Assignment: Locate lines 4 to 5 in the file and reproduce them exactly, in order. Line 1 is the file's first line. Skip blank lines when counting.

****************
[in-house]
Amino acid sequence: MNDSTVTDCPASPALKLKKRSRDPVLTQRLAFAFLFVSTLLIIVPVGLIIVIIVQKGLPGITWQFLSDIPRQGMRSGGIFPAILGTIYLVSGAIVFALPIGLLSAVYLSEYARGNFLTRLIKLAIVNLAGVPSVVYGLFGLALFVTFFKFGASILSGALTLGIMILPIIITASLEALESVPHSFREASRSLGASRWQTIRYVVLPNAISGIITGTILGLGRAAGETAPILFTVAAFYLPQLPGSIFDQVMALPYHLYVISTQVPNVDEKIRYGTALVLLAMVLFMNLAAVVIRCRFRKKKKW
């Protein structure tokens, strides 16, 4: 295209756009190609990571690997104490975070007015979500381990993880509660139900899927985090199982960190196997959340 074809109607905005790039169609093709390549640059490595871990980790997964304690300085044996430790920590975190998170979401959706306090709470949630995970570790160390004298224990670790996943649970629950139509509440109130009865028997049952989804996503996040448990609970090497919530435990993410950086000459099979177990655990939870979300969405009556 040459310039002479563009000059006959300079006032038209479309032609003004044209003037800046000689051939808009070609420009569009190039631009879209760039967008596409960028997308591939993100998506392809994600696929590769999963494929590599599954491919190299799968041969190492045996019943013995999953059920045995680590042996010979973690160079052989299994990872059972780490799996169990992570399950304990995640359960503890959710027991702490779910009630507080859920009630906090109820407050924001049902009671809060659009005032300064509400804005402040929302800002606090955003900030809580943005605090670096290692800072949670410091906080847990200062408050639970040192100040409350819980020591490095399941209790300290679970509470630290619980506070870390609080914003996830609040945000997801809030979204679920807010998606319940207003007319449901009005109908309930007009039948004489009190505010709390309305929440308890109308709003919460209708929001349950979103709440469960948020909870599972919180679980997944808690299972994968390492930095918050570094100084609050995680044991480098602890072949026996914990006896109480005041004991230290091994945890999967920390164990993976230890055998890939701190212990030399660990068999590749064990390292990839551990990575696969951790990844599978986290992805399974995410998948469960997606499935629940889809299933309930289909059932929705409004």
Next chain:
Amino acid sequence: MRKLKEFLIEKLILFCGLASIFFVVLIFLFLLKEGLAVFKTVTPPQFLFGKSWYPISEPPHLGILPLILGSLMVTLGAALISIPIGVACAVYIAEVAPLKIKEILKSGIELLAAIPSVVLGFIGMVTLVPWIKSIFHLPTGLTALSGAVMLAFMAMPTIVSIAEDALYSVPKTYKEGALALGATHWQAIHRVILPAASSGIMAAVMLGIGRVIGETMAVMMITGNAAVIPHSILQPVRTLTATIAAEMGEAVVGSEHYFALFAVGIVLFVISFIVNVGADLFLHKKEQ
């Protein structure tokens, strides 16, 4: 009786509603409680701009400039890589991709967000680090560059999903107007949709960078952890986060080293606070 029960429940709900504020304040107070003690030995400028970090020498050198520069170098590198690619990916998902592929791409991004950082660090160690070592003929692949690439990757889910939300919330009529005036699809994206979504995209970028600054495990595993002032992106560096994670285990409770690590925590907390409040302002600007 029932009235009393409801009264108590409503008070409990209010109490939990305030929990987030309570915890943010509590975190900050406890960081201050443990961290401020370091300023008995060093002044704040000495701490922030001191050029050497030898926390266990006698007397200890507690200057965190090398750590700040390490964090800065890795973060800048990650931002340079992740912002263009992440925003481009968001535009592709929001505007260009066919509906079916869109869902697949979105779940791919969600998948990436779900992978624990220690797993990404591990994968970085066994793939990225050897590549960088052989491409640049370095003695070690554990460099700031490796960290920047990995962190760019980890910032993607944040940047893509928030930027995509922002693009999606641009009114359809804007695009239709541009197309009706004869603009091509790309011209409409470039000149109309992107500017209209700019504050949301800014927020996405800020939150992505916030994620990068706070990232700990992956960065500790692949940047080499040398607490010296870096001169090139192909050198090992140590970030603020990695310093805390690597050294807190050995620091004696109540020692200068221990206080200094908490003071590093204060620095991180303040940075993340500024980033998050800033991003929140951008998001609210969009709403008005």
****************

Next chain:
Amino acid sequence: MRKLKEFLIEKLILFCGLASIFFVVLIFLFLLKEGLAVFKTVTPPQFLFGKSWYPISEPPHLGILPLILGSLMVTLGAALISIPIGVACAVYIAEVAPLKIKEILKSGIELLAAIPSVVLGFIGMVTLVPWIKSIFHLPTGLTALSGAVMLAFMAMPTIVSIAEDALYSVPKTYKEGALALGATHWQAIHRVILPAASSGIMAAVMLGIGRVIGETMAVMMITGNAAVIPHSILQPVRTLTATIAAEMGEAVVGSEHYFALFAVGIVLFVISFIVNVGADLFLHKKEQ